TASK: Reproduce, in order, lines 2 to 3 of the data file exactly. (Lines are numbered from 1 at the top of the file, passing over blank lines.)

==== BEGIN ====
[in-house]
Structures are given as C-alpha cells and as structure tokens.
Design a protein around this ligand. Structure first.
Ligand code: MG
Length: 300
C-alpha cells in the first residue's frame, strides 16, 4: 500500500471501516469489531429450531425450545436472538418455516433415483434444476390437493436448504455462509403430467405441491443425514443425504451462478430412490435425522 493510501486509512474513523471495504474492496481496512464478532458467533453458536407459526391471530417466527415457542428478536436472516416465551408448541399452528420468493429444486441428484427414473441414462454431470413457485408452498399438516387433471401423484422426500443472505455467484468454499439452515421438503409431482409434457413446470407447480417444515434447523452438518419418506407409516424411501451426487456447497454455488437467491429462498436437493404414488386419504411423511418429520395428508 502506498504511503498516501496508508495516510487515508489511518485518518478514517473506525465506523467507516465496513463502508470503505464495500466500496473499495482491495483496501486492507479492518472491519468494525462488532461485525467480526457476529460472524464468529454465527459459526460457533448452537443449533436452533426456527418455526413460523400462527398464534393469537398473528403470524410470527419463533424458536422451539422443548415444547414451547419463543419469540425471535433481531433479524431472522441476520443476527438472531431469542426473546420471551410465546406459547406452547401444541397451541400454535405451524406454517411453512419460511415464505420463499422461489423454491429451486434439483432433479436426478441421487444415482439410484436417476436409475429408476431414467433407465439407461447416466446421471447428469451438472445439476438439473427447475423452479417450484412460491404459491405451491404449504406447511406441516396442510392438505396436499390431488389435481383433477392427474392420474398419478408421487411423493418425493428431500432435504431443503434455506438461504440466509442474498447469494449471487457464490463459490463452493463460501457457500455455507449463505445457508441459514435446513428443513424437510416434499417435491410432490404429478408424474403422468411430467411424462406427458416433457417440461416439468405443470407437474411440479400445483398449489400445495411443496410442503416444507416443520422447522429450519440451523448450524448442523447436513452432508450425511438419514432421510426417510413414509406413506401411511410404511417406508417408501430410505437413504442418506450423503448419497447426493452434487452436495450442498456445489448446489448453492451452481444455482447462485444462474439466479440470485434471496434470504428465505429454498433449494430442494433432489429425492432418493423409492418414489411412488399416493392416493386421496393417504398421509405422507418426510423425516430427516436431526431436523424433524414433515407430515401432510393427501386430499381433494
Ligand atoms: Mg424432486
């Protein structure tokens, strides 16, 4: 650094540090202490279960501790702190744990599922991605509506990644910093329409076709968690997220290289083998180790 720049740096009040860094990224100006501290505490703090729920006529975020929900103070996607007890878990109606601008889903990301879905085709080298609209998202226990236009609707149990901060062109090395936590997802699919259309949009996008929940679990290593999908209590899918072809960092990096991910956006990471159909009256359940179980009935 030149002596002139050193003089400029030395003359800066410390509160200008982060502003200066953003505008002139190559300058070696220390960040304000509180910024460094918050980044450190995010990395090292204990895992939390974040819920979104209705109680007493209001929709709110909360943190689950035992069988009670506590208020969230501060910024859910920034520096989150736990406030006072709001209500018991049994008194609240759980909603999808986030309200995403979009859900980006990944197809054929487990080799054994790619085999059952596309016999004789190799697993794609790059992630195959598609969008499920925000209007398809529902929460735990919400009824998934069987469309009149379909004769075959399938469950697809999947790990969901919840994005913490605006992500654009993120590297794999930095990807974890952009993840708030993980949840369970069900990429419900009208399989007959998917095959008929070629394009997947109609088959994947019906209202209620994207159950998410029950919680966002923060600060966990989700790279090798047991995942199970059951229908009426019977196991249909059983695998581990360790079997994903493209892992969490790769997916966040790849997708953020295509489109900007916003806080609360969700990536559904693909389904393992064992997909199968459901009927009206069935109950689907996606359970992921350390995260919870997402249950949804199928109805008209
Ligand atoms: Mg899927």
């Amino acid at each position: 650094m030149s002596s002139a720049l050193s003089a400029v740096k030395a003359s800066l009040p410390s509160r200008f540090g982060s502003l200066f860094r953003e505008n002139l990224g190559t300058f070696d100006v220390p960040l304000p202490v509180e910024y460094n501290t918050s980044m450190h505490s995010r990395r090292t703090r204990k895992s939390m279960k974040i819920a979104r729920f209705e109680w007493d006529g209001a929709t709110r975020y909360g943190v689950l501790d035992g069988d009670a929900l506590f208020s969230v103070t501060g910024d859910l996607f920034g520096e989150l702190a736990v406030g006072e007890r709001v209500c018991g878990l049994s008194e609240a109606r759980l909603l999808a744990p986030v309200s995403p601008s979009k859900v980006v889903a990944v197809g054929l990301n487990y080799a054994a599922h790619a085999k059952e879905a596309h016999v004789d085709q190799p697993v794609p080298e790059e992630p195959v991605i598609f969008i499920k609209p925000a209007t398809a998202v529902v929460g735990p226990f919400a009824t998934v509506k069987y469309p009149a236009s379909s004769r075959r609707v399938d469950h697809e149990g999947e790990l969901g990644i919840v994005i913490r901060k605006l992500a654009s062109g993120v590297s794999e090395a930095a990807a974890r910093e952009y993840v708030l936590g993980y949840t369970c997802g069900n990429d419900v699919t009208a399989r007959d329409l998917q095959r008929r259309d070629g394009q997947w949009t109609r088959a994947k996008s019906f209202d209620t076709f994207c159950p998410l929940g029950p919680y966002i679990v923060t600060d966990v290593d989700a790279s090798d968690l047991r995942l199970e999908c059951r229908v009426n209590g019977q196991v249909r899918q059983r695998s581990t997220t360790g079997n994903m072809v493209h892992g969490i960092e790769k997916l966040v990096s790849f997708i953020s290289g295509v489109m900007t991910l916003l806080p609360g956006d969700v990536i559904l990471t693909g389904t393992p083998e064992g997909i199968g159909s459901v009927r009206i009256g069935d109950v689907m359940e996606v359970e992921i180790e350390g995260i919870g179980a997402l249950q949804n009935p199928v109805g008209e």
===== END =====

Structures are given as C-alpha cells and as structure tokens.
Design a protein around this ligand. Structure first.